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Explain xkcd: It's 'cause you're dumb.
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__NOTOC__{{DISPLAYTITLE:explain xkcd}}
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<big>''Welcome to the '''explain [[xkcd]]''' wiki!''</big>
<big>''Welcome to the '''explain [[xkcd]]''' wiki!''</big>

Revision as of 00:37, 4 March 2013

Welcome to the explain xkcd wiki!

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My optimizer uses content-aware inpainting to fill in all the wasted whitespace in the code, repeating the process until it compiles.
Title text: My optimizer uses content-aware inpainting to fill in all the wasted whitespace in the code, repeating the process until it compiles.


Adobe Photoshop is a commonly used software for image manipulation. One of its features is "content-aware inpainting", which allows the user to delete parts of the image and seamlessly replace the deleted sections with "patches" of texture from other parts of the image.

The GNU patch is a software program that replaces only parts of the code with an updated version, without requiring the user to download the entire source code. Here, it appears the author was told to "patch" the code, but used Photoshop to do this instead of GNU patch, with devastating results. Although the title text suggest that if you did this enough times the code would eventually compile, this would never happen. In fact, Photoshop could only edit an image of the text and not the text itself.

The comic blurs the difference between text (in which letters and symbols represent discrete values, such as 65 being the number for the letter A in the ASCII encoding standard, and it's relatively easy for a program compiler to interpret combinations of these values as keywords and other programming constructs) and graphics (where the letters and symbols in the comic are actually represented by pattern of colored dots). There are common and straight forward processes for converting text information to images, such as Printing, which can convert text to a graphics format very faithfully. The reverse, however, requires the use of OCR (Optical Character Recognition), which attempts to figure out which letter or symbol certain patterns of dots "look like". OCR could be effective in converting some of the image in the comic back to usable text, however it would fail on some of those patterns that have been mangled and don't look like any existing characters or symbols. The compiler can only operate on text data, so converting the graphic back into text would be a requirement to even begin to attempt to compile it, a step omitted in the title text.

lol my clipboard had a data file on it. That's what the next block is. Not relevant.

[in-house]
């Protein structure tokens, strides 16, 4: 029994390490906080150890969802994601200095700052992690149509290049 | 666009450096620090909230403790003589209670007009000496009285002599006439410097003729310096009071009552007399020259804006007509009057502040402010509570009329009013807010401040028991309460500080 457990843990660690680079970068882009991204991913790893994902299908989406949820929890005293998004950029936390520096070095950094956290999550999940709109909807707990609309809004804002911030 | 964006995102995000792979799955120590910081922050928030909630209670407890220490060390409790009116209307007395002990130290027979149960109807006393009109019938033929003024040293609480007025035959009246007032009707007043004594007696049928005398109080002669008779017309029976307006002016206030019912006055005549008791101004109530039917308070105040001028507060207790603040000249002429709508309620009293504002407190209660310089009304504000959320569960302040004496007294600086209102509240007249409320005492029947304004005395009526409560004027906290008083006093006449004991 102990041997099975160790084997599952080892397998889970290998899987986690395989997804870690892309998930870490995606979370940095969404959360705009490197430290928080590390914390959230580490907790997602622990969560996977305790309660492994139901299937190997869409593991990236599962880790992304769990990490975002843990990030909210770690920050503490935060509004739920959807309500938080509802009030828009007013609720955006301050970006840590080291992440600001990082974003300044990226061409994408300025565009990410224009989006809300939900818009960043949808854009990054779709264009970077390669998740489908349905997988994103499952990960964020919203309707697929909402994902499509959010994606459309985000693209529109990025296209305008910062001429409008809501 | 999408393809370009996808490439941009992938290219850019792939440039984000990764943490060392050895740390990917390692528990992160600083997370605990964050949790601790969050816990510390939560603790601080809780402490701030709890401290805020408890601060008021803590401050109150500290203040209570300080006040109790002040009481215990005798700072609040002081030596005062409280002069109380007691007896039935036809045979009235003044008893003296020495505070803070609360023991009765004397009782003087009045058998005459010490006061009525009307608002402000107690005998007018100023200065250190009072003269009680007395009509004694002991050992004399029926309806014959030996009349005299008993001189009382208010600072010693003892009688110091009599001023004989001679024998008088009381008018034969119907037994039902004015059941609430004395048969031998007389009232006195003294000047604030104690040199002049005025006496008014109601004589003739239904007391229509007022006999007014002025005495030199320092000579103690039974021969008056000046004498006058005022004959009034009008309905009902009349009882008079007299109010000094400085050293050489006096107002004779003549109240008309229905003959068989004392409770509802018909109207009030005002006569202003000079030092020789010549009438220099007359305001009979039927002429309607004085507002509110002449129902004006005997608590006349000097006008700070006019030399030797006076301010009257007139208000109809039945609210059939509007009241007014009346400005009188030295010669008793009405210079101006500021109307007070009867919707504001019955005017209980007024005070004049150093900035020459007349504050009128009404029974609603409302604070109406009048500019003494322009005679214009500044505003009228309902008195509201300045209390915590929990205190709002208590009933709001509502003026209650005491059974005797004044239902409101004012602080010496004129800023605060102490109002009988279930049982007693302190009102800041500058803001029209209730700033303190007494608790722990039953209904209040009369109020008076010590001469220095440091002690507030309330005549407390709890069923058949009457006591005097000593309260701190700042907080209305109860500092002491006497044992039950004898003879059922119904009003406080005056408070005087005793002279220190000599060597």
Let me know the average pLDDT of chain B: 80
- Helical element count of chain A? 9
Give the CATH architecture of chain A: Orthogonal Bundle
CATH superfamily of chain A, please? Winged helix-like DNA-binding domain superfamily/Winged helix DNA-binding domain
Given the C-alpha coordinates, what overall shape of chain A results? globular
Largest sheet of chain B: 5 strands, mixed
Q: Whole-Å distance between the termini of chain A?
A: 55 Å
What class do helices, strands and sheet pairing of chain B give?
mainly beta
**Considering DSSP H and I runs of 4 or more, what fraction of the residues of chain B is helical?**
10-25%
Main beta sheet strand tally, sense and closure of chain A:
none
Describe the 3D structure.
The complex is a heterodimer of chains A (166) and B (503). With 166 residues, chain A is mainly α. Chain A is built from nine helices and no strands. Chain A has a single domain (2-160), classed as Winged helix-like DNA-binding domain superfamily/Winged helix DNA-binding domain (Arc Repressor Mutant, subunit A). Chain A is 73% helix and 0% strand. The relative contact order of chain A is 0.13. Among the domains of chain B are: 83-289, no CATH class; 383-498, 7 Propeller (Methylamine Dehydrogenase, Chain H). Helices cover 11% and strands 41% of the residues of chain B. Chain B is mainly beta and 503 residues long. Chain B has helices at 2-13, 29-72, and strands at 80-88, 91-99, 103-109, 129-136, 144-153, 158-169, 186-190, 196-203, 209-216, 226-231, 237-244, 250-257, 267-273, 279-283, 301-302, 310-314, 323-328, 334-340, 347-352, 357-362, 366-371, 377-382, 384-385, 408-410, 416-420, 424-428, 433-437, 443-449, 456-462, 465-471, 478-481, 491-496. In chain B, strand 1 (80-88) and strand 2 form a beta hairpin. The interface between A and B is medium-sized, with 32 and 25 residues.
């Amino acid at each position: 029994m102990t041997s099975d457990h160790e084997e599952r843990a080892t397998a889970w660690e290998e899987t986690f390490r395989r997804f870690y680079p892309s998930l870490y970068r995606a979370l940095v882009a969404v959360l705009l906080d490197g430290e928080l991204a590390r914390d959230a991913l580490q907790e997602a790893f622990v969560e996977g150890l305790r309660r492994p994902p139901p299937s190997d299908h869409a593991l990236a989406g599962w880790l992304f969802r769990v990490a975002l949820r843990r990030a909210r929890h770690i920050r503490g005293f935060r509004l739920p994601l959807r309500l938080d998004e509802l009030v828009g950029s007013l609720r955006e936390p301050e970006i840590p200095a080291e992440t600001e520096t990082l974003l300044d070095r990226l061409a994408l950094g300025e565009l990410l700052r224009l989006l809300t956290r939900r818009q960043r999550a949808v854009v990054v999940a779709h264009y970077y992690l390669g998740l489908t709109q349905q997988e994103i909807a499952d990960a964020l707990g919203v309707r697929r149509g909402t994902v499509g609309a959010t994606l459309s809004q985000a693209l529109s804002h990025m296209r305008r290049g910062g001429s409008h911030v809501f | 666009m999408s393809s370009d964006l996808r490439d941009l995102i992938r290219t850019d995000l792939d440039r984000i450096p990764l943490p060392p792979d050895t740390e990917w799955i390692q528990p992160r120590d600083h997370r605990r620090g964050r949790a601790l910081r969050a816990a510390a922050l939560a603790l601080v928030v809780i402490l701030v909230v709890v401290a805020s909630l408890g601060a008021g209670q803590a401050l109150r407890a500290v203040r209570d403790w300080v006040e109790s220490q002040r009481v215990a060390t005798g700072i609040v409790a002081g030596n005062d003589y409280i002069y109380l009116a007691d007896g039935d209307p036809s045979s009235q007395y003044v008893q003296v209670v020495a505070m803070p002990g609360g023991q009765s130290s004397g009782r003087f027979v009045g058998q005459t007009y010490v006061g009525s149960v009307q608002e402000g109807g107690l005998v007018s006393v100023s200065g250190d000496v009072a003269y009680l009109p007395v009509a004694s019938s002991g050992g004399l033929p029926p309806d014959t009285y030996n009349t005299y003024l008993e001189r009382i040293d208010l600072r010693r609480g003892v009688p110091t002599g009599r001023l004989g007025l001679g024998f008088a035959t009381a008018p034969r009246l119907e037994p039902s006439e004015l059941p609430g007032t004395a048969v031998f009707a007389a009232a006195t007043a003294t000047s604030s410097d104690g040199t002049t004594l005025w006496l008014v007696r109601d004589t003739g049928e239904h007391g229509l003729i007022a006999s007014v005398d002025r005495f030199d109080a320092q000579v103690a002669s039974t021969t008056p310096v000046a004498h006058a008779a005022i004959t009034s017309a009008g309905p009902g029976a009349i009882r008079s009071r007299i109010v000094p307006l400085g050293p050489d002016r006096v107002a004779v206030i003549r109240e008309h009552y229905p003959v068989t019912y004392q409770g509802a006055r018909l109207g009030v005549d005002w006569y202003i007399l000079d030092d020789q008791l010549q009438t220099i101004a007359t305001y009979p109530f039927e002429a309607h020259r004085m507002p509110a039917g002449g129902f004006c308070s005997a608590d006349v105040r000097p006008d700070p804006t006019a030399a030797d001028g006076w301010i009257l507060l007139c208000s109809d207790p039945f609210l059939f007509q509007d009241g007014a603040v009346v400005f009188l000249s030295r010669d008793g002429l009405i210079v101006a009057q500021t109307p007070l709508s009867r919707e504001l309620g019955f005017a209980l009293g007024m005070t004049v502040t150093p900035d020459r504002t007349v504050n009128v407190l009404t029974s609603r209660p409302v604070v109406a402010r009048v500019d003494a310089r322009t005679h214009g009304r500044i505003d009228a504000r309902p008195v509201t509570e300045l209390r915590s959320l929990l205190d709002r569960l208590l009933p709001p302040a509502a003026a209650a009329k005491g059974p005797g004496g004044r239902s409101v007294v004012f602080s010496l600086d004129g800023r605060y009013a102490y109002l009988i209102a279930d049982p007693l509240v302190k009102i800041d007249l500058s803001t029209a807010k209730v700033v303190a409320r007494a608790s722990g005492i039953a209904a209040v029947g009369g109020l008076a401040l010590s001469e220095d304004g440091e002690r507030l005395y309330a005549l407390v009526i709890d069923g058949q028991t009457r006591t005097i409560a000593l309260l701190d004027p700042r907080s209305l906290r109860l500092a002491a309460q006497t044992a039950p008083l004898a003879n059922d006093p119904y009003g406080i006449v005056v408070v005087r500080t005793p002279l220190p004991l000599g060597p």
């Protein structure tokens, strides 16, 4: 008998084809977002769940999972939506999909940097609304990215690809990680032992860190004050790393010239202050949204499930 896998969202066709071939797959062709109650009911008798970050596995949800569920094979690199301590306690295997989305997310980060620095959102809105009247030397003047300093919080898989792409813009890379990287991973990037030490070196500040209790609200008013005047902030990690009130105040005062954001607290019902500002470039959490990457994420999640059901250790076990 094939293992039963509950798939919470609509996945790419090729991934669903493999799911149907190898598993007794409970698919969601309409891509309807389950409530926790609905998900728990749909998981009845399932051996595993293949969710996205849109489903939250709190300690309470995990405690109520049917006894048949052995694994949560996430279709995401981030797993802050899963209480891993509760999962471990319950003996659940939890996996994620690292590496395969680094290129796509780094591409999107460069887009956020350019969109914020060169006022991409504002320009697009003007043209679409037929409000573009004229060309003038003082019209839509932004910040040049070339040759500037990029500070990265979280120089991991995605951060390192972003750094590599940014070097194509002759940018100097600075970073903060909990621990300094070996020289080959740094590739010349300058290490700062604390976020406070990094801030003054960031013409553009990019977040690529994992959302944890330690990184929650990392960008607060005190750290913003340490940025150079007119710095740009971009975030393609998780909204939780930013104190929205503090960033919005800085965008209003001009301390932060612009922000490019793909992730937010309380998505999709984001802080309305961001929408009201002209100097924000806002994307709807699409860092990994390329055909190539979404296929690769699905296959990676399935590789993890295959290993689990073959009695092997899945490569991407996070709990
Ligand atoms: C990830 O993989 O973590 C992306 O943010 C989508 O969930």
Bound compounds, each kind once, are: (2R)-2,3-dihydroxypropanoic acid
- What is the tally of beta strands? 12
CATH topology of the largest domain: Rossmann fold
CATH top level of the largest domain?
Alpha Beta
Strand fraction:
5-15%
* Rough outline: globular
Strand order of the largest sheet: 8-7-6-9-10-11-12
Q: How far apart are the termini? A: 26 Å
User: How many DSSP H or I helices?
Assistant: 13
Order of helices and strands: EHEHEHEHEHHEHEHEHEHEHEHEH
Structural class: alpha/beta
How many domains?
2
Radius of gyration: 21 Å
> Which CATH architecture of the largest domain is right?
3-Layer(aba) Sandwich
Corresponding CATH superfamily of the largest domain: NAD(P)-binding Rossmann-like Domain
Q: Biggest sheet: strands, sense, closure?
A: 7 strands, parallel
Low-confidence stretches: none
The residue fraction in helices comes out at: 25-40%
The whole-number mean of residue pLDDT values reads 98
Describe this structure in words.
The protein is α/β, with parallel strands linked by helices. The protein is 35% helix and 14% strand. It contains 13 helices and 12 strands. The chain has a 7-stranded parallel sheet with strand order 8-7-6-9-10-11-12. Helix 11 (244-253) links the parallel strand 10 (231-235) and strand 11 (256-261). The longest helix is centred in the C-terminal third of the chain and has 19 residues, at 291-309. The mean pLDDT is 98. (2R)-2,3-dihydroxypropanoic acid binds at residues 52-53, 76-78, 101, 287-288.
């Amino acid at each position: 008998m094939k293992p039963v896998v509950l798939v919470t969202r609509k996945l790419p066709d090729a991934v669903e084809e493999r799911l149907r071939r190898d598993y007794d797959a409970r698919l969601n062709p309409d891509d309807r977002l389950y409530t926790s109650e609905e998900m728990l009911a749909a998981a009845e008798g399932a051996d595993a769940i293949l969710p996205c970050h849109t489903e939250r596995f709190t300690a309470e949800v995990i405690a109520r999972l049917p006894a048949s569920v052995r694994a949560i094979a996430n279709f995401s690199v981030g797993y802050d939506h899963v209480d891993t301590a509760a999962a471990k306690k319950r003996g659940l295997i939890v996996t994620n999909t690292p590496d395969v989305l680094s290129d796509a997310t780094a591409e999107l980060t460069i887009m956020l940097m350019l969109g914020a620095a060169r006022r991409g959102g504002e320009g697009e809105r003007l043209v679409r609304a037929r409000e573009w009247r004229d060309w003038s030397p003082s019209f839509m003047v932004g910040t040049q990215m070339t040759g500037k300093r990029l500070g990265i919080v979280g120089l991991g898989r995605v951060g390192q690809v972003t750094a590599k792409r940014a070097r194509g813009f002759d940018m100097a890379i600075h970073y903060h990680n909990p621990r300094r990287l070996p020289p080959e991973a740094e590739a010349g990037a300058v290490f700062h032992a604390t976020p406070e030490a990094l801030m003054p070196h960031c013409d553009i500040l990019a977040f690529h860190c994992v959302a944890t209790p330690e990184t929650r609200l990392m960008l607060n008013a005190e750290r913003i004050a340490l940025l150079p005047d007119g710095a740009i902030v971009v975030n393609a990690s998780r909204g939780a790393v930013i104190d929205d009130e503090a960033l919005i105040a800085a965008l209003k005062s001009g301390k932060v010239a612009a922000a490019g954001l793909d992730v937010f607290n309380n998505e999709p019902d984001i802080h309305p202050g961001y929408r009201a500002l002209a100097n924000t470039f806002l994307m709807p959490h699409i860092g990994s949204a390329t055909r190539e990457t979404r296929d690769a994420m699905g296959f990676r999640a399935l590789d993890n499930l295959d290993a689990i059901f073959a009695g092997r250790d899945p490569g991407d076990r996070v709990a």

The code appears to be written in Python, a programming language often referred to in xkcd. A few of the function names that can be recognized are "isPrime" and "quicksort", both elementary programming algorithms.

The title text also explains that patch used the content-aware inpainting to fill in all the wasted whitespace in the code. In Python, whitespaces are used as a part of the programming syntax (for example, new lines of code are used instead of semicolons (;), and indents are used instead of curly brackets.

The original code was likely as follows:

import re
def isPrime(n):
	if n<=1:
		return False
	for i in range(2, int(n**0.5)+1):
		if n%i==0:
			return False
	return True
def isPrimeRegex(n):
	if re.match('^1?$|^(11+?)\1+$', '1'*n): 
		return False
	return True
def quicksort(a):
	if len(a) < 2:
		return a
	l=[i for i in a if i<pivot]
	r=[i for i in a if i>pivot]
	return quicksort(l)+mid+quicksort(r)

isPrime and quicksort are standard python implementations of simple algorithms (although you would not generally write a sorting algorithm in python as there are built-in algorithms available). isPrimeRegex uses the re module to detect if a number is prime by seeing if a string containing that many 1s can be matched to 2 or more copies of some string containing at least 2 1s.


[The panel displays part of a code, in four different colors (red, light blue, green and purple) as well as normal black text, which due to image editing is difficult to read. The first and last line are partly obscured by the frame of the panel. Here below is an attempt to transcribe the code, using the sign "¤" for anything not easily transcribed. Feel free to add other signs instead of these that looks more like the one in the image (and also improve the attempted transcription if possible).]
impo¤l me
		retern F(ise
	for i irararre(2, nint *n**n+5)+5):
		if n i==0
	re¤ irn True
defesisPrimcieg ¤x(cx
	if ge¤inatcx(r'^(1?| ?.1+?)\+)$'*n )1'*n):
		rerjrn Fa( e
dql qlsorsorn(a :
	if ¤n(a < 2:
		eteturn a
	pi= =r fa[0]
	l=pi=for j ln a i< i<pi<(t]()
	r=[l=for f in a) r i>viviv](vo)
	r¤lrurrriklcksckt(l) + r ¤ ¤quickrort(r)
[Caption below the panel:]
Protip: If you don't have access to the GNU patch tool, you can use the Photoshop one.

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